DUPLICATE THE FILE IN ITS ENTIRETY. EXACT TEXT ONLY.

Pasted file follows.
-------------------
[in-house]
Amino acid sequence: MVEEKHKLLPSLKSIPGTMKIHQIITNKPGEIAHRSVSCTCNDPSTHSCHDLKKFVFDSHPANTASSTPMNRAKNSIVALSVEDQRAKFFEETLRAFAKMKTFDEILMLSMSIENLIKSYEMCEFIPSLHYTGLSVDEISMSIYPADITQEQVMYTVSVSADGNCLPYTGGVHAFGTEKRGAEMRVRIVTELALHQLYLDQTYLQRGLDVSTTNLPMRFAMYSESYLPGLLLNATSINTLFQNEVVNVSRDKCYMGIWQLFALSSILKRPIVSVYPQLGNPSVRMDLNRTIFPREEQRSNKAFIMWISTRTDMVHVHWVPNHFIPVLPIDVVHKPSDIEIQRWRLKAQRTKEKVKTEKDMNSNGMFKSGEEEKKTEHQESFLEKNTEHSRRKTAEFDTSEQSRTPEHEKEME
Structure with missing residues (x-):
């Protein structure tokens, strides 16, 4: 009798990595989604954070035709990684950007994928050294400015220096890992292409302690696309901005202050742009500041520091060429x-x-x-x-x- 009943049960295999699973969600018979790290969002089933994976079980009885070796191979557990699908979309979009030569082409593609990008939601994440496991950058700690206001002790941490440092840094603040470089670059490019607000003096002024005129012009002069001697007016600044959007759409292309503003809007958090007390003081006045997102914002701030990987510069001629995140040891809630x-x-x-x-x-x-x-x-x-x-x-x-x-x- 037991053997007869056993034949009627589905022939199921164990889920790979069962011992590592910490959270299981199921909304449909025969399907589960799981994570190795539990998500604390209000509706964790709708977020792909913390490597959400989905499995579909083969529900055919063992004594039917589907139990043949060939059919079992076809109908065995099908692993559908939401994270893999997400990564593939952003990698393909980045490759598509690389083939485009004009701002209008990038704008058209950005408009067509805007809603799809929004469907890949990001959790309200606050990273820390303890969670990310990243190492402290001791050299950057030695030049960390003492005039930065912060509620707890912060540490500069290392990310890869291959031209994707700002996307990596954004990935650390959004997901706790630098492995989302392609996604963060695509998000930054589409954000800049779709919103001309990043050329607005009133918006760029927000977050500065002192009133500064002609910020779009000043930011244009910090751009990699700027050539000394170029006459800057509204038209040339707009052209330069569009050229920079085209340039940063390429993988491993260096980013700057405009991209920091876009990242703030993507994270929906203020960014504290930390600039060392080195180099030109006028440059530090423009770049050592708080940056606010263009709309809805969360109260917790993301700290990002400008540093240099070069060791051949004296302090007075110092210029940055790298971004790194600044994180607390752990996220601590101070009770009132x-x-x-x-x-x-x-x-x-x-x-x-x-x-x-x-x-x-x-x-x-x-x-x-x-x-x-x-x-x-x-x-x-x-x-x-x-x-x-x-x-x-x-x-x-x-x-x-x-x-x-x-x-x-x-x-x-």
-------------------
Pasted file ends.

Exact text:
[in-house]
Amino acid sequence: MVEEKHKLLPSLKSIPGTMKIHQIITNKPGEIAHRSVSCTCNDPSTHSCHDLKKFVFDSHPANTASSTPMNRAKNSIVALSVEDQRAKFFEETLRAFAKMKTFDEILMLSMSIENLIKSYEMCEFIPSLHYTGLSVDEISMSIYPADITQEQVMYTVSVSADGNCLPYTGGVHAFGTEKRGAEMRVRIVTELALHQLYLDQTYLQRGLDVSTTNLPMRFAMYSESYLPGLLLNATSINTLFQNEVVNVSRDKCYMGIWQLFALSSILKRPIVSVYPQLGNPSVRMDLNRTIFPREEQRSNKAFIMWISTRTDMVHVHWVPNHFIPVLPIDVVHKPSDIEIQRWRLKAQRTKEKVKTEKDMNSNGMFKSGEEEKKTEHQESFLEKNTEHSRRKTAEFDTSEQSRTPEHEKEME
Structure with missing residues (x-):
């Protein structure tokens, strides 16, 4: 009798990595989604954070035709990684950007994928050294400015220096890992292409302690696309901005202050742009500041520091060429x-x-x-x-x- 009943049960295999699973969600018979790290969002089933994976079980009885070796191979557990699908979309979009030569082409593609990008939601994440496991950058700690206001002790941490440092840094603040470089670059490019607000003096002024005129012009002069001697007016600044959007759409292309503003809007958090007390003081006045997102914002701030990987510069001629995140040891809630x-x-x-x-x-x-x-x-x-x-x-x-x-x- 037991053997007869056993034949009627589905022939199921164990889920790979069962011992590592910490959270299981199921909304449909025969399907589960799981994570190795539990998500604390209000509706964790709708977020792909913390490597959400989905499995579909083969529900055919063992004594039917589907139990043949060939059919079992076809109908065995099908692993559908939401994270893999997400990564593939952003990698393909980045490759598509690389083939485009004009701002209008990038704008058209950005408009067509805007809603799809929004469907890949990001959790309200606050990273820390303890969670990310990243190492402290001791050299950057030695030049960390003492005039930065912060509620707890912060540490500069290392990310890869291959031209994707700002996307990596954004990935650390959004997901706790630098492995989302392609996604963060695509998000930054589409954000800049779709919103001309990043050329607005009133918006760029927000977050500065002192009133500064002609910020779009000043930011244009910090751009990699700027050539000394170029006459800057509204038209040339707009052209330069569009050229920079085209340039940063390429993988491993260096980013700057405009991209920091876009990242703030993507994270929906203020960014504290930390600039060392080195180099030109006028440059530090423009770049050592708080940056606010263009709309809805969360109260917790993301700290990002400008540093240099070069060791051949004296302090007075110092210029940055790298971004790194600044994180607390752990996220601590101070009770009132x-x-x-x-x-x-x-x-x-x-x-x-x-x-x-x-x-x-x-x-x-x-x-x-x-x-x-x-x-x-x-x-x-x-x-x-x-x-x-x-x-x-x-x-x-x-x-x-x-x-x-x-x-x-x-x-x-």